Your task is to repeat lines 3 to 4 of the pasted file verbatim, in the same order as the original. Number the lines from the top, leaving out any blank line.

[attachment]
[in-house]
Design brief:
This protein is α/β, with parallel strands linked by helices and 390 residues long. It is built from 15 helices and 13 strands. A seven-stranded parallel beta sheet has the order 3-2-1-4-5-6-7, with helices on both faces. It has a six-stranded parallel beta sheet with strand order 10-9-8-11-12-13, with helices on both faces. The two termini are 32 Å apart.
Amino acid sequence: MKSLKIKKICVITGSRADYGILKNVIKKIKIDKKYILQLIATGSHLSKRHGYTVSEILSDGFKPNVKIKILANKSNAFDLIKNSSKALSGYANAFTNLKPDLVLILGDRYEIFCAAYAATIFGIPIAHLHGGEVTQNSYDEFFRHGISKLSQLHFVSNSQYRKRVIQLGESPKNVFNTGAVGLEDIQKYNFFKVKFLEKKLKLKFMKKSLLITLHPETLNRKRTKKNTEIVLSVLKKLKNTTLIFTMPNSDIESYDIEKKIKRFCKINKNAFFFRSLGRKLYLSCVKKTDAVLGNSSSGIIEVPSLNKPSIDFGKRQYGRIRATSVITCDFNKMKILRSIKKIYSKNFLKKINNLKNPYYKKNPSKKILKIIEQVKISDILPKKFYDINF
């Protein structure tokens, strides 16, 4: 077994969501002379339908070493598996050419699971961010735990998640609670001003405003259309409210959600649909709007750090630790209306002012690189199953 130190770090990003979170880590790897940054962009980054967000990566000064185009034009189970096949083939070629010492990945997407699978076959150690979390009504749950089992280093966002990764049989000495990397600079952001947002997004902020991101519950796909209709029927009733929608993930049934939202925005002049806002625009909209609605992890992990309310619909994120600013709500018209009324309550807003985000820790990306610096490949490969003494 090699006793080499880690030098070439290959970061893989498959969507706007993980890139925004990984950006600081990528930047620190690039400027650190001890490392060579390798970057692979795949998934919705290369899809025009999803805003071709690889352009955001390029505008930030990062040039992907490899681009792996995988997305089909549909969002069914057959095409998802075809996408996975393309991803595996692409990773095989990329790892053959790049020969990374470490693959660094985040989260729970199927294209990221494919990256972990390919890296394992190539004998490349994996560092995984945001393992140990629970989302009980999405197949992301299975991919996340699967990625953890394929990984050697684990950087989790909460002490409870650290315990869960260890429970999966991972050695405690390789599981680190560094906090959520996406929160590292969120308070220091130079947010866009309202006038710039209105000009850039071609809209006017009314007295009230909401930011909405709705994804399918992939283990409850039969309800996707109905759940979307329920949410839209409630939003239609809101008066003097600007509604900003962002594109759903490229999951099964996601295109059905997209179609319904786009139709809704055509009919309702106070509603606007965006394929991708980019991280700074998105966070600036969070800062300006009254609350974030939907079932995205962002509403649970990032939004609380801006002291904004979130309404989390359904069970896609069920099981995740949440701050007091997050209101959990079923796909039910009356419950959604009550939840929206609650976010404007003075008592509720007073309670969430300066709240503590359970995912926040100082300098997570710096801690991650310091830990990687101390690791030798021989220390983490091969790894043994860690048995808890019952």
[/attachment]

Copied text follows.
This protein is α/β, with parallel strands linked by helices and 390 residues long. It is built from 15 helices and 13 strands. A seven-stranded parallel beta sheet has the order 3-2-1-4-5-6-7, with helices on both faces. It has a six-stranded parallel beta sheet with strand order 10-9-8-11-12-13, with helices on both faces. The two termini are 32 Å apart.
Amino acid sequence: MKSLKIKKICVITGSRADYGILKNVIKKIKIDKKYILQLIATGSHLSKRHGYTVSEILSDGFKPNVKIKILANKSNAFDLIKNSSKALSGYANAFTNLKPDLVLILGDRYEIFCAAYAATIFGIPIAHLHGGEVTQNSYDEFFRHGISKLSQLHFVSNSQYRKRVIQLGESPKNVFNTGAVGLEDIQKYNFFKVKFLEKKLKLKFMKKSLLITLHPETLNRKRTKKNTEIVLSVLKKLKNTTLIFTMPNSDIESYDIEKKIKRFCKINKNAFFFRSLGRKLYLSCVKKTDAVLGNSSSGIIEVPSLNKPSIDFGKRQYGRIRATSVITCDFNKMKILRSIKKIYSKNFLKKINNLKNPYYKKNPSKKILKIIEQVKISDILPKKFYDINF